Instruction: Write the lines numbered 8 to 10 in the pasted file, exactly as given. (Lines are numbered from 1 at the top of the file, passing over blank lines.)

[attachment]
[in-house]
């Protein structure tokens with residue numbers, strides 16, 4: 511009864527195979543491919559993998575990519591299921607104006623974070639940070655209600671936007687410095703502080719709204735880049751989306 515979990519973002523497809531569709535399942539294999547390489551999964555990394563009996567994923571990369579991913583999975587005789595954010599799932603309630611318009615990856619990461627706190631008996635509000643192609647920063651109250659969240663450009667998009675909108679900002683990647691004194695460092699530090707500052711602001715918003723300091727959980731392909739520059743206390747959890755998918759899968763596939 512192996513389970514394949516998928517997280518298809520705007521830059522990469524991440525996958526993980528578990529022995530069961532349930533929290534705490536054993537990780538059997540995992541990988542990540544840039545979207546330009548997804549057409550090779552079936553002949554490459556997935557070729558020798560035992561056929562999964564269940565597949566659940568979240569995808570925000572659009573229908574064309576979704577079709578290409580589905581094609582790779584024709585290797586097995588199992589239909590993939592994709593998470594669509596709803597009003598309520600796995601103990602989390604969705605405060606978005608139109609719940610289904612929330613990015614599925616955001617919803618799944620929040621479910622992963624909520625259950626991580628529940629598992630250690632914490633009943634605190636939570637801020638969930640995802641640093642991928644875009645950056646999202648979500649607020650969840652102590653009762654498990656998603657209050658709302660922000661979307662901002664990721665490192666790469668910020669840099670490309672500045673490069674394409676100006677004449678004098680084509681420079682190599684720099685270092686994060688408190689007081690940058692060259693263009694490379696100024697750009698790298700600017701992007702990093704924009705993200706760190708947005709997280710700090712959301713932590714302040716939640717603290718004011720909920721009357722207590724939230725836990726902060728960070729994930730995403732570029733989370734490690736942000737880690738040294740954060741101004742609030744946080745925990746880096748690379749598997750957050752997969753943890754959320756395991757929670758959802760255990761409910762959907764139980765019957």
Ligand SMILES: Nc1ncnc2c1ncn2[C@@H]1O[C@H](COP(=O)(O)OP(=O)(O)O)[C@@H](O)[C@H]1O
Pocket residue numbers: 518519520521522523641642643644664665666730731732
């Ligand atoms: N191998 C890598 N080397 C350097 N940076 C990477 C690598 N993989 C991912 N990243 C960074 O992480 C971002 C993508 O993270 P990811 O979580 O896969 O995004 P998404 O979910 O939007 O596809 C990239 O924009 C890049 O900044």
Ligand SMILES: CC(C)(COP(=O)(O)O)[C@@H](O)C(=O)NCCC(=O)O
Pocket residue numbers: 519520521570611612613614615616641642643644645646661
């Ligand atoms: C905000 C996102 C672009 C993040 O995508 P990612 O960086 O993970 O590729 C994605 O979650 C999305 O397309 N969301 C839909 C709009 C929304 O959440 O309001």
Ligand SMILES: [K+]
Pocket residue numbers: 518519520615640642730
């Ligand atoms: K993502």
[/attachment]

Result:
């Ligand atoms: C905000 C996102 C672009 C993040 O995508 P990612 O960086 O993970 O590729 C994605 O979650 C999305 O397309 N969301 C839909 C709009 C929304 O959440 O309001």
Ligand SMILES: [K+]
Pocket residue numbers: 518519520615640642730